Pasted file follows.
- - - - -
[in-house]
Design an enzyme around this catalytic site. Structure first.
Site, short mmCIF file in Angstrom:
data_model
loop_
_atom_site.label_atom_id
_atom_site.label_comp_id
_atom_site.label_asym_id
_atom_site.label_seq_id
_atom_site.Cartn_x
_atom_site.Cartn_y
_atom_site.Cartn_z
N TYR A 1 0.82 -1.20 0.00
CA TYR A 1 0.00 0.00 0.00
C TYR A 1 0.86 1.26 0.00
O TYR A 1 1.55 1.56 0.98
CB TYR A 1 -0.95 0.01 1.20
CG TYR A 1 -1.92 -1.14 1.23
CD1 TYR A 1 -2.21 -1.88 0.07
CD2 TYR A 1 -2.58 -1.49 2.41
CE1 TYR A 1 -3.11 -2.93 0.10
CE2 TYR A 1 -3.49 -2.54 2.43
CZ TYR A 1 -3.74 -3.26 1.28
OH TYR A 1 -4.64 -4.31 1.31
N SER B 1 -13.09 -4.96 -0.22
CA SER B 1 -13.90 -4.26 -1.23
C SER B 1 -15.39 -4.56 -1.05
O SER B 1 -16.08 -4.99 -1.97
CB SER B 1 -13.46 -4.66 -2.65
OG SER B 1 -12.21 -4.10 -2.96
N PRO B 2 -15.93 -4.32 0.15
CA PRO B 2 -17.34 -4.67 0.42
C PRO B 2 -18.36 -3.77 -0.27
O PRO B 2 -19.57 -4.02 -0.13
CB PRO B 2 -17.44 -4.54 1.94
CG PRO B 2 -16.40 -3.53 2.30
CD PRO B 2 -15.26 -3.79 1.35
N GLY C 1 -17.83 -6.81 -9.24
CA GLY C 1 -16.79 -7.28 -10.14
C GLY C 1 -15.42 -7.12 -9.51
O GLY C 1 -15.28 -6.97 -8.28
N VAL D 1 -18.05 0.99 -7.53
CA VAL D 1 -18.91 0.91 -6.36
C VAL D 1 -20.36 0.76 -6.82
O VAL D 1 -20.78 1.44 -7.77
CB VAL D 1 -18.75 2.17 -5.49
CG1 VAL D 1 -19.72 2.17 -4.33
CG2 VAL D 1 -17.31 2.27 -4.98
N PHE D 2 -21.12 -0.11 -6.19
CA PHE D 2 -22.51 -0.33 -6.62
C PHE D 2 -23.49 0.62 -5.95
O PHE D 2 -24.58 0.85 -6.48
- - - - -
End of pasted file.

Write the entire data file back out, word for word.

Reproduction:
[in-house]
Design an enzyme around this catalytic site. Structure first.
Site, short mmCIF file in Angstrom:
data_model
loop_
_atom_site.label_atom_id
_atom_site.label_comp_id
_atom_site.label_asym_id
_atom_site.label_seq_id
_atom_site.Cartn_x
_atom_site.Cartn_y
_atom_site.Cartn_z
N TYR A 1 0.82 -1.20 0.00
CA TYR A 1 0.00 0.00 0.00
C TYR A 1 0.86 1.26 0.00
O TYR A 1 1.55 1.56 0.98
CB TYR A 1 -0.95 0.01 1.20
CG TYR A 1 -1.92 -1.14 1.23
CD1 TYR A 1 -2.21 -1.88 0.07
CD2 TYR A 1 -2.58 -1.49 2.41
CE1 TYR A 1 -3.11 -2.93 0.10
CE2 TYR A 1 -3.49 -2.54 2.43
CZ TYR A 1 -3.74 -3.26 1.28
OH TYR A 1 -4.64 -4.31 1.31
N SER B 1 -13.09 -4.96 -0.22
CA SER B 1 -13.90 -4.26 -1.23
C SER B 1 -15.39 -4.56 -1.05
O SER B 1 -16.08 -4.99 -1.97
CB SER B 1 -13.46 -4.66 -2.65
OG SER B 1 -12.21 -4.10 -2.96
N PRO B 2 -15.93 -4.32 0.15
CA PRO B 2 -17.34 -4.67 0.42
C PRO B 2 -18.36 -3.77 -0.27
O PRO B 2 -19.57 -4.02 -0.13
CB PRO B 2 -17.44 -4.54 1.94
CG PRO B 2 -16.40 -3.53 2.30
CD PRO B 2 -15.26 -3.79 1.35
N GLY C 1 -17.83 -6.81 -9.24
CA GLY C 1 -16.79 -7.28 -10.14
C GLY C 1 -15.42 -7.12 -9.51
O GLY C 1 -15.28 -6.97 -8.28
N VAL D 1 -18.05 0.99 -7.53
CA VAL D 1 -18.91 0.91 -6.36
C VAL D 1 -20.36 0.76 -6.82
O VAL D 1 -20.78 1.44 -7.77
CB VAL D 1 -18.75 2.17 -5.49
CG1 VAL D 1 -19.72 2.17 -4.33
CG2 VAL D 1 -17.31 2.27 -4.98
N PHE D 2 -21.12 -0.11 -6.19
CA PHE D 2 -22.51 -0.33 -6.62
C PHE D 2 -23.49 0.62 -5.95
O PHE D 2 -24.58 0.85 -6.48